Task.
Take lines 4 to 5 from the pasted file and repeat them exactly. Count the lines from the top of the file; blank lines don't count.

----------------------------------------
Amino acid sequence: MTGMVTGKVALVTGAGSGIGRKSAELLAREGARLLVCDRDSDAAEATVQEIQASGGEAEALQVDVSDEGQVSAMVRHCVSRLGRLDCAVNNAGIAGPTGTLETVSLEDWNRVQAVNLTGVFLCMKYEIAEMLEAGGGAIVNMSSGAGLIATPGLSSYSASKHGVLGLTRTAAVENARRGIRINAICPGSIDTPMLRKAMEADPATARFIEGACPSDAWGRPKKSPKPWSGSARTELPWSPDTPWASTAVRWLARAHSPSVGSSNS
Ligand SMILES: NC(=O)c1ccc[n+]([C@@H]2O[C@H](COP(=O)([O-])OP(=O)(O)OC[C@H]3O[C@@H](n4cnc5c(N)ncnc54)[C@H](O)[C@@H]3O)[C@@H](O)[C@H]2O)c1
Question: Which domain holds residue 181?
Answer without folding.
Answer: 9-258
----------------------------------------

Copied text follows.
Answer without folding.
Answer: 9-258